The Illusory Freedom of Man

“But for this purpose I have raised you up, to show you my power, so that my name may be proclaimed in all the earth.” Exodus 9:16

It is difficult to read through the story of Moses and Pharaoh and still cling whole heartedly to the concept of man’s free will. The story begins with Moses pleading with Pharaoh to let his people go and the hardness of Pharaoh’s heart in refusing Moses’ request. It seems like a typical story of good versus evil and man’s free will set against each other. But as the story continues, the true protagonist of the drama steps forward. As the plagues unfold, God reveals more and more to Moses that it is God, not Pharaoh, who is hardening Pharaoh’s heart so that God is able to show His power to Egypt and all the earth. In Exodus 9:16, God discloses his true intentions to Pharaoh. God put Pharaoh there, raised him up, for the sole purpose of his hardened heart, so that God’s glory and power can be shown amongst the nations. Pharaoh’s will seems to have had no place in the story. God raised him up to be his enemy. It would be too much to fully explore the depths and implications of what God’s hardening of hearts and the creation of some people for honorable or dishonorable use (Romans 9) means to man’s precious free will. But I must say, if God’s will is supreme and his glory the purpose driving all his actions, it is difficult to see man’s will as free in the sense we claim it be. I challenge us to chew on that today and see the beauty of God’s purposes and in his control over the will of man.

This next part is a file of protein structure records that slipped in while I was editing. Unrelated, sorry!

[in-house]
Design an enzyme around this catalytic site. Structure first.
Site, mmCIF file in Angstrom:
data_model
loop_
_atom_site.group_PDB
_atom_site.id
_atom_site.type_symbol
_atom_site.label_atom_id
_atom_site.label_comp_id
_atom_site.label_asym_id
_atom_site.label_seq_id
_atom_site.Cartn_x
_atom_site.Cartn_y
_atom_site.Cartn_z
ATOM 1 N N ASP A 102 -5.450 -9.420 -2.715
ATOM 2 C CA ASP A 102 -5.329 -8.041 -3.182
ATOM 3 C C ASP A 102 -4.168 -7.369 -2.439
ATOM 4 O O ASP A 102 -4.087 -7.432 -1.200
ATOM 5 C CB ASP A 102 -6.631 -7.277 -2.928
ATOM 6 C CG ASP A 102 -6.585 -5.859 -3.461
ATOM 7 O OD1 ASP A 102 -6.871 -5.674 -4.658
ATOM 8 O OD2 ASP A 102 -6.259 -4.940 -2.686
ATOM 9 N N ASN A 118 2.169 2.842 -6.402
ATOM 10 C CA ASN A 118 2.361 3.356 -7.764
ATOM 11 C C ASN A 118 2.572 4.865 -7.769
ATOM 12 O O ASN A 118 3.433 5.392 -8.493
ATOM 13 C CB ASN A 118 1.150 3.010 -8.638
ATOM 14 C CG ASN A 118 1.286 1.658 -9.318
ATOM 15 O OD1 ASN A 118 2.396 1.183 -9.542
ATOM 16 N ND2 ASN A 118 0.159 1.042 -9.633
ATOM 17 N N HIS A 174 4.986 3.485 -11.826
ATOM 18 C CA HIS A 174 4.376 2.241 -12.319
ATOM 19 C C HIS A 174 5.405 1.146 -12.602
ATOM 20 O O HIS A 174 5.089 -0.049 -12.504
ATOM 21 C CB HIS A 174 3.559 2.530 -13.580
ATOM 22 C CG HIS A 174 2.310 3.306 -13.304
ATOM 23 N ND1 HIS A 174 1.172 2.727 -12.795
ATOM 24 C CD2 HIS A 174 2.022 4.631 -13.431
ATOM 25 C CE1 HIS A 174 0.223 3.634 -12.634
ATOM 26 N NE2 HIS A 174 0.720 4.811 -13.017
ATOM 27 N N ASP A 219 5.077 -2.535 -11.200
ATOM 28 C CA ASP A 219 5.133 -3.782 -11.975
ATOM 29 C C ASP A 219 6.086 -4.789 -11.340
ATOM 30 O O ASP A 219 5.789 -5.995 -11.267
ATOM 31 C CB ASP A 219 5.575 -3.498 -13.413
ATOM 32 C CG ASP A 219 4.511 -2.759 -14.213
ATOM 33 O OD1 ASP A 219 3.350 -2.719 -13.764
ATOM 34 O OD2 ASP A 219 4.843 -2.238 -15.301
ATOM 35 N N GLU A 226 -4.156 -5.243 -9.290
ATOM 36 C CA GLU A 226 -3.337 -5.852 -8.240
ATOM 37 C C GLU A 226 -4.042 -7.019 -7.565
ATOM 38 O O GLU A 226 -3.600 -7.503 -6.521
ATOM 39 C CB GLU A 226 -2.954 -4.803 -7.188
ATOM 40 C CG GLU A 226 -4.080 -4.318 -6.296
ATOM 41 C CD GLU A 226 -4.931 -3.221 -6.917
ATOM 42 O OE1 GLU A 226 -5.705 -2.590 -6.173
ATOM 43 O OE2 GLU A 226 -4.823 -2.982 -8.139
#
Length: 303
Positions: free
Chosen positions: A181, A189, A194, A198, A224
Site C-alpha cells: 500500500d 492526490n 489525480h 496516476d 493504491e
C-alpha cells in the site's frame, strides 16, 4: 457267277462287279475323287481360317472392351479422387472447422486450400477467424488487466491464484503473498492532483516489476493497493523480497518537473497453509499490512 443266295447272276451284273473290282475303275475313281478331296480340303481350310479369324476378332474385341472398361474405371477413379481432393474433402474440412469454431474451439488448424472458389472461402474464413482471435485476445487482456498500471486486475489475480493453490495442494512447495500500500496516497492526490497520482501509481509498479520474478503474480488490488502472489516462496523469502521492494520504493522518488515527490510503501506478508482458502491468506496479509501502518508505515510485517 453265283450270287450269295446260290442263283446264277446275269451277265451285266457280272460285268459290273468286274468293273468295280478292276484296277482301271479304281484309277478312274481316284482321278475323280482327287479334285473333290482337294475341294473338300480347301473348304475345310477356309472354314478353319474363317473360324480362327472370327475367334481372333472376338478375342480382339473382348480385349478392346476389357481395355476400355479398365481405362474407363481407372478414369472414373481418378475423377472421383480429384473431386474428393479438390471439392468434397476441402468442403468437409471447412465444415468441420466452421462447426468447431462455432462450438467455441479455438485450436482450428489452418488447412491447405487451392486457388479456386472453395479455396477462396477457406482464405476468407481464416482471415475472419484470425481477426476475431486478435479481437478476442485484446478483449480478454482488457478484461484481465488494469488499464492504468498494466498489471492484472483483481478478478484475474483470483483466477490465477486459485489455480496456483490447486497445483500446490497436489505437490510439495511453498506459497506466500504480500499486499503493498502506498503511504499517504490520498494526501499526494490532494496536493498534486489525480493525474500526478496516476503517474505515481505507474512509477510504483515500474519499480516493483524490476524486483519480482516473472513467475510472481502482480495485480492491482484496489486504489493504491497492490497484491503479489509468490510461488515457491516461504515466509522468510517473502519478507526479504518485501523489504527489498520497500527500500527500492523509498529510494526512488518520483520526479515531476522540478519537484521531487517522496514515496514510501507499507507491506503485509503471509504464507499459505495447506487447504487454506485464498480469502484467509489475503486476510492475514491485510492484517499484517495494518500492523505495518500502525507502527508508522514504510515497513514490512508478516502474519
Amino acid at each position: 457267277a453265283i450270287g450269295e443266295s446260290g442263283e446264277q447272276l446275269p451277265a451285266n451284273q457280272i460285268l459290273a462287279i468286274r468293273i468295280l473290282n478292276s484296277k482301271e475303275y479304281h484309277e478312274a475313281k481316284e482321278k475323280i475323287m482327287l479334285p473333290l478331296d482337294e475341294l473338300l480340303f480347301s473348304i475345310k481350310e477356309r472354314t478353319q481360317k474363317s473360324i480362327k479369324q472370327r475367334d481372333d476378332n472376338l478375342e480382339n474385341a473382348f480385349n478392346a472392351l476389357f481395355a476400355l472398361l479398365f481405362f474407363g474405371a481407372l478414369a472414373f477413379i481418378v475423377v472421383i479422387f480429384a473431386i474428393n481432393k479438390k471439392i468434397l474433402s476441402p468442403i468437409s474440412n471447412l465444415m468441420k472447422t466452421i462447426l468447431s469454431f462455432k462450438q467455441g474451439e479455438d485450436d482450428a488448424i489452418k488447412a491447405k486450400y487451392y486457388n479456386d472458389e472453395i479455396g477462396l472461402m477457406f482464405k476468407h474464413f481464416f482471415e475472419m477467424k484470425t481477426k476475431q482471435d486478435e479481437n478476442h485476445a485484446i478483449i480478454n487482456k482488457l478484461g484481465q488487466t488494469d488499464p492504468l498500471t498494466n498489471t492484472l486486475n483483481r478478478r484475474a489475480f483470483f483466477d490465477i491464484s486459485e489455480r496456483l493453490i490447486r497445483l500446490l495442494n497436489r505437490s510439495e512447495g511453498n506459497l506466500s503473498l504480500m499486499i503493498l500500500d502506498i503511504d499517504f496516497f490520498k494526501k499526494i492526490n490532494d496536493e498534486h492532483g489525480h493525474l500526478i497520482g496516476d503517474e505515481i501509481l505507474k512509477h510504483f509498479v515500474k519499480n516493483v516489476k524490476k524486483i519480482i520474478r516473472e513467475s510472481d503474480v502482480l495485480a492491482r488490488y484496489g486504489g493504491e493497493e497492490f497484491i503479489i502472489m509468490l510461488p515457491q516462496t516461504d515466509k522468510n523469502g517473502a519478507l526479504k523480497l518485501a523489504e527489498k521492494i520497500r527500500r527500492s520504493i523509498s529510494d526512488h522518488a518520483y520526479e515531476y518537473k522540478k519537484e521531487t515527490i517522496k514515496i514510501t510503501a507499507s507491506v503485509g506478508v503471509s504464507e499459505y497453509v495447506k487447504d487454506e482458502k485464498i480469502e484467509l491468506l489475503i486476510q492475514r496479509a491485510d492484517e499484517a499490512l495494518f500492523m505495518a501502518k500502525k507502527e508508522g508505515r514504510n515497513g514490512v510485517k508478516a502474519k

Lord Jesus let us repent of our entitlement in placing our will as more powerful or of equal power as yours. Let us see your glory amongst the nations as the greatest purpose to which all of creation bows!

Advertisements

Leave a Reply

Fill in your details below or click an icon to log in:

WordPress.com Logo

You are commenting using your WordPress.com account. Log Out / Change )

Twitter picture

You are commenting using your Twitter account. Log Out / Change )

Facebook photo

You are commenting using your Facebook account. Log Out / Change )

Google+ photo

You are commenting using your Google+ account. Log Out / Change )

Connecting to %s